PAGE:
MCCONNELL AIR FORCE BASE, Kan. --
Last month, Boeing and the Air Force — including members of McConnell’s 344th Air Refueling Squadron — reached a major milestone through collaboration and agreement to bring a new Remote Vision System to the KC-46A Pegasus, the RVS 2.0.
More than a dozen of 344th ARS air refueling operators, also known as boom operators, tested the aircraft's cameras and displays to develop and eventually upgrade the system during a three-week test cycle at the Air Force Research Laboratory at Wright-Patterson Air Force Base, Ohio. The KC-46 RVS is a system of cameras and displays that present a 3-D scene of a receiver aircraft to the ARO. The ARO uses visual cues from the RVS to guide the boom into contact with the receiver aircraft and transfer fuel.
“The 344th and McConnell as a whole, really made it a priority to get the boom operators to the Wright-Patterson studies,” said Master Sgt. Justin Thompson, 344th ARS standardization and evaluation flight chief. “There we remained transparent and provided [researchers] with real data and put the RVS system through its paces.”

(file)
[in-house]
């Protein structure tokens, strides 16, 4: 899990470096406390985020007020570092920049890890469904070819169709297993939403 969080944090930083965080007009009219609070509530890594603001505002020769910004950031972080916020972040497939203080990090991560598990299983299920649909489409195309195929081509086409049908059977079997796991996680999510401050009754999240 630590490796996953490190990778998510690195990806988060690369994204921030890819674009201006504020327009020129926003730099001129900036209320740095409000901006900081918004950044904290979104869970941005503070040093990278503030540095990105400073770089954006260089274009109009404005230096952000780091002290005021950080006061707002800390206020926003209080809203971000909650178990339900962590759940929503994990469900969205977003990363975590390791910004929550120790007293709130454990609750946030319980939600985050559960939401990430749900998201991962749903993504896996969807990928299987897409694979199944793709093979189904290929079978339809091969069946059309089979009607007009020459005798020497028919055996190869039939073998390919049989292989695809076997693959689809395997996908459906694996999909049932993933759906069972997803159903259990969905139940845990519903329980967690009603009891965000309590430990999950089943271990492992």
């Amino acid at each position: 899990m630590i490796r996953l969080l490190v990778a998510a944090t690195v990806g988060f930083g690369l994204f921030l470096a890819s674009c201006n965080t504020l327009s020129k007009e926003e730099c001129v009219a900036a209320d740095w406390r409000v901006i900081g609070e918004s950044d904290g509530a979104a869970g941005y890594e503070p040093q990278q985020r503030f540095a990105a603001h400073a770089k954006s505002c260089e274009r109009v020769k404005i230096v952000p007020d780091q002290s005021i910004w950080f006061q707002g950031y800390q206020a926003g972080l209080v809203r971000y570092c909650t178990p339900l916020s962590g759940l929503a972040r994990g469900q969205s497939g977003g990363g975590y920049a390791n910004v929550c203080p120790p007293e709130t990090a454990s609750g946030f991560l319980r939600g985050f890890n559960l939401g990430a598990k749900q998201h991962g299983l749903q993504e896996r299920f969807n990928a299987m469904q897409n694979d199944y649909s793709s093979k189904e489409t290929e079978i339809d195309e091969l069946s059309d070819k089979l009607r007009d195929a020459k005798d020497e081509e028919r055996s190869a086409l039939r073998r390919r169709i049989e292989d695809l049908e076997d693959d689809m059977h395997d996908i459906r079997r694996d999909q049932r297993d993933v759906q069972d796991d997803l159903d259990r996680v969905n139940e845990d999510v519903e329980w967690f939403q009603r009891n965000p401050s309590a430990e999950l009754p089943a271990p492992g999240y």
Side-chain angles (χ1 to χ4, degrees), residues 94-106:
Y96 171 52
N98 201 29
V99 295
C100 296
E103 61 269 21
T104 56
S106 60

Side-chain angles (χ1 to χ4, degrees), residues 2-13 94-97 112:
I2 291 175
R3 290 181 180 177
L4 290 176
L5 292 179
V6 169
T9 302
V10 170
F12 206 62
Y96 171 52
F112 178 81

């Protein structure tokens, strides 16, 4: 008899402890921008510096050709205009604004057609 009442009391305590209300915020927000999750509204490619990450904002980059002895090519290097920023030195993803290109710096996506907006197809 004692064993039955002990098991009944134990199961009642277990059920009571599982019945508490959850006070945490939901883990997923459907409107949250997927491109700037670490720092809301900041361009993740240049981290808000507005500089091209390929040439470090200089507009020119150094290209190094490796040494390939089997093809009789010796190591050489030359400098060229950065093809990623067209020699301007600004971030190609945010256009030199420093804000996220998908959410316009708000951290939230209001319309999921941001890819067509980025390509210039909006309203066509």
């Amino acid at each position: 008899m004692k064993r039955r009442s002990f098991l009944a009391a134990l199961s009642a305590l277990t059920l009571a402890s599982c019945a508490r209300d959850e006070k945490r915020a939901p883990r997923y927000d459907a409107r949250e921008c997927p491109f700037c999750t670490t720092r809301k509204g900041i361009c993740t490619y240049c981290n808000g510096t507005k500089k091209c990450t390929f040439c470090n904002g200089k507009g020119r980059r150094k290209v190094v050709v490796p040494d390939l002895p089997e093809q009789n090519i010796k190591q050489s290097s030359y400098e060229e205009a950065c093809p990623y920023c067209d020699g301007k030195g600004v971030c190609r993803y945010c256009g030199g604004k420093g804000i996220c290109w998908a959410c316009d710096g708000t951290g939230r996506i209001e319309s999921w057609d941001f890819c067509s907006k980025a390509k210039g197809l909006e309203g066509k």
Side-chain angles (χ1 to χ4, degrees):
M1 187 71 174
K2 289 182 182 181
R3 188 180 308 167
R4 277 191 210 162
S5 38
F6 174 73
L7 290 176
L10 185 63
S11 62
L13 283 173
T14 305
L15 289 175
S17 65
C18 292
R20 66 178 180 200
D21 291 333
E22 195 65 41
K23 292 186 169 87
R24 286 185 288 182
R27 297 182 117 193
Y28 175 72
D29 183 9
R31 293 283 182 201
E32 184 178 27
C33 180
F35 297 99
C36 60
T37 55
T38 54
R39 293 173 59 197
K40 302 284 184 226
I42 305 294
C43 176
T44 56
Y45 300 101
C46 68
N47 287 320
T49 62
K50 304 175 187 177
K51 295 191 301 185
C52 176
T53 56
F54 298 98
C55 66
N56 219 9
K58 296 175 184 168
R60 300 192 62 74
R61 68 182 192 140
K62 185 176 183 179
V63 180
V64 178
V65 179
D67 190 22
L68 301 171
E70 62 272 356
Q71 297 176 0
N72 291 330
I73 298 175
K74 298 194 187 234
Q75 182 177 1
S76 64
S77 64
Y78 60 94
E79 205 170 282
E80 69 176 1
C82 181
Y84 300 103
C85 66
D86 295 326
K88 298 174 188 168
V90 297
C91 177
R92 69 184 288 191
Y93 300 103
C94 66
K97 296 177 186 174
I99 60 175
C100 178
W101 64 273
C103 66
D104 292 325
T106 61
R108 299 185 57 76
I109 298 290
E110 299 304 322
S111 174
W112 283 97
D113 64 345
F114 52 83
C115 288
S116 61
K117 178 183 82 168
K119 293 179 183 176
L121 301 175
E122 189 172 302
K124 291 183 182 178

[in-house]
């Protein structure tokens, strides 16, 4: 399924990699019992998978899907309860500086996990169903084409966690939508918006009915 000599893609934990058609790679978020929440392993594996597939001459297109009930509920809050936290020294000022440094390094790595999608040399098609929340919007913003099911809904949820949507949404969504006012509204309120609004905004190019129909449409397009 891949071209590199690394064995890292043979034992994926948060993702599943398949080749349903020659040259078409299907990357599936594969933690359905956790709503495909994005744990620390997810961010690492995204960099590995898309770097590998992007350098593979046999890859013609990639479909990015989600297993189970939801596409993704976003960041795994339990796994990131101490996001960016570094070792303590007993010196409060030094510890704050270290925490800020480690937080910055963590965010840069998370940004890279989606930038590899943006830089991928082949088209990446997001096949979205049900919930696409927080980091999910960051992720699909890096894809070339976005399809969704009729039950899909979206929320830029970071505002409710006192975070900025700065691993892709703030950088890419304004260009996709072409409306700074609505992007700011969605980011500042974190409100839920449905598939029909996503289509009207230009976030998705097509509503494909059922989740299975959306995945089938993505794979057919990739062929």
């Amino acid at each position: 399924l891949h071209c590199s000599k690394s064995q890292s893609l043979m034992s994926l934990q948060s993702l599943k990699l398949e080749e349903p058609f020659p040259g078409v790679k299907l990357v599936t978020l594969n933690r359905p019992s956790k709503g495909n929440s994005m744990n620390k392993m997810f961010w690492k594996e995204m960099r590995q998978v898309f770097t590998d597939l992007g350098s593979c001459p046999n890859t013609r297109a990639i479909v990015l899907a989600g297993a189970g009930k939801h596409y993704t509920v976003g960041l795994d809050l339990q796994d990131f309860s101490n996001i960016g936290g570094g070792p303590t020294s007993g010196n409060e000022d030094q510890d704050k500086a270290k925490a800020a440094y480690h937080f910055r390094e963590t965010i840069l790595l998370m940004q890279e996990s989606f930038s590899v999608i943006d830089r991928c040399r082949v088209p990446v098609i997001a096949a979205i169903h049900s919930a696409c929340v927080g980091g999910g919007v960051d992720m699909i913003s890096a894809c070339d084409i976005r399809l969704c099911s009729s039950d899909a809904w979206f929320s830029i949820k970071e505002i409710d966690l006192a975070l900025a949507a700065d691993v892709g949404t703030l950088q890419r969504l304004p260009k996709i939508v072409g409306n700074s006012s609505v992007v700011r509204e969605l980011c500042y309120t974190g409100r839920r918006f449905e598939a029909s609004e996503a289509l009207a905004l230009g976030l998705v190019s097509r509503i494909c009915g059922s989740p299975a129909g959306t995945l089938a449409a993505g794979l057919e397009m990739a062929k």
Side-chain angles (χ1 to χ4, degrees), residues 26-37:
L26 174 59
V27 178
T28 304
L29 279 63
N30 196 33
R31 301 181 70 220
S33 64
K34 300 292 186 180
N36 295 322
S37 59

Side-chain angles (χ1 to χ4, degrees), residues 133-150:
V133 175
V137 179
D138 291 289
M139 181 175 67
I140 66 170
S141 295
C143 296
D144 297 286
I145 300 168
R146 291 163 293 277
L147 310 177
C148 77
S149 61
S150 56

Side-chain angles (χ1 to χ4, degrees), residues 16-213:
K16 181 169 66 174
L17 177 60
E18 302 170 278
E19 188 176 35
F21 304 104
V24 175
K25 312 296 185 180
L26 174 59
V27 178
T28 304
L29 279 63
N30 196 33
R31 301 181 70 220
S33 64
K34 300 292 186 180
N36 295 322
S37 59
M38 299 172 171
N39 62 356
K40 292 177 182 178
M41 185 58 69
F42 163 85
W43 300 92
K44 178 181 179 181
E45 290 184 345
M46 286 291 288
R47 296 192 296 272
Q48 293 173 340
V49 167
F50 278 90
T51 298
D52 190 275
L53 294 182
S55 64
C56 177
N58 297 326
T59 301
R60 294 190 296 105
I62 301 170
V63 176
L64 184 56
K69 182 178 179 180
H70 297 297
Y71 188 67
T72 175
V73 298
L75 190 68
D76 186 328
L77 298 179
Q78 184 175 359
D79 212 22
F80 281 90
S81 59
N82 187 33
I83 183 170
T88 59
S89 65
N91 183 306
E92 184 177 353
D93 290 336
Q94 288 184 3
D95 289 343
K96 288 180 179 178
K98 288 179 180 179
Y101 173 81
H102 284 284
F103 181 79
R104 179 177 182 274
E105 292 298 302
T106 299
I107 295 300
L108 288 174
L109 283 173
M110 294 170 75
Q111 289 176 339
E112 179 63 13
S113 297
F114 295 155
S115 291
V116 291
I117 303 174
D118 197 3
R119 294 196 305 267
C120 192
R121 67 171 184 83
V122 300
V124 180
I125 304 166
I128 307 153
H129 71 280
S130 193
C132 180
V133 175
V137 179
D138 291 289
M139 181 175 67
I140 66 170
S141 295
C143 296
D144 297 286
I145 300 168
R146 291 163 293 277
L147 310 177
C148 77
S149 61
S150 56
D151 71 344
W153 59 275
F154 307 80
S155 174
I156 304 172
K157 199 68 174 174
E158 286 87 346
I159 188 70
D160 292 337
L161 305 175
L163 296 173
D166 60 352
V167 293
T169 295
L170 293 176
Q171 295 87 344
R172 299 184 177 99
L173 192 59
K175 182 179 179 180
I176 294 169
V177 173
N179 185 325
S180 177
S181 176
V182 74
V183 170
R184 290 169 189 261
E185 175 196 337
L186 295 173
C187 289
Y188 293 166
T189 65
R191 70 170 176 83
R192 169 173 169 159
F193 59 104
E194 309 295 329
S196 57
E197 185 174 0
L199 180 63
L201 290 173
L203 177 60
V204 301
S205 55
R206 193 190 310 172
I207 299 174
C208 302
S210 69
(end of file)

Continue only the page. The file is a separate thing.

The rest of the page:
The 344th ARS sent boom operators varying in experience levels and visual acuity to participate in the testing to provide a wide-range of operator inputs for researchers’ data and to finalize critical factors in the new camera system.
“It's been amazing to work with this team and see what they can accomplish,” said Senior Master Sgt. Lindsay Moon, 344th ARS superintendent.
The RVS 2.0 will include 4k color cameras with proper viewing geometry, operator stations with larger screens, a laser ranger for refueling aircraft distance measurement and boom assistance augmented reality.
“The KC-46 is going to be a game-changing weapons system to the Air Force inventory and McConnell is on the forefront of that,” said Moon. “It’s capabilities alongside the RVS [2.0] are going to drive us to being able to get closer to the fight and provide fuel to the receivers when and where they need it.”
Since becoming the Air Force’s first KC-46 main operating base, Team McConnell and the 344th ARS have played a critical role in increasing safety innovation and overall effectiveness of aerial refueling for the next-generation tanker.
“For much of 2019, McConnell Airmen, the Air Force Research Laboratory, the test enterprise, and AMC and Air Force leaders have invested considerable time and effort into helping Boeing and other stakeholders understand our concerns with the flawed RVS design and the need for a fully-revamped system that will allow us to field a safe and reliable tanker,” said Gen. Maryanne Miller, Air Mobility Command commander. “These efforts have paid off with RVS 2.0, which puts our next-generation tanker finally on a path to operational viability.”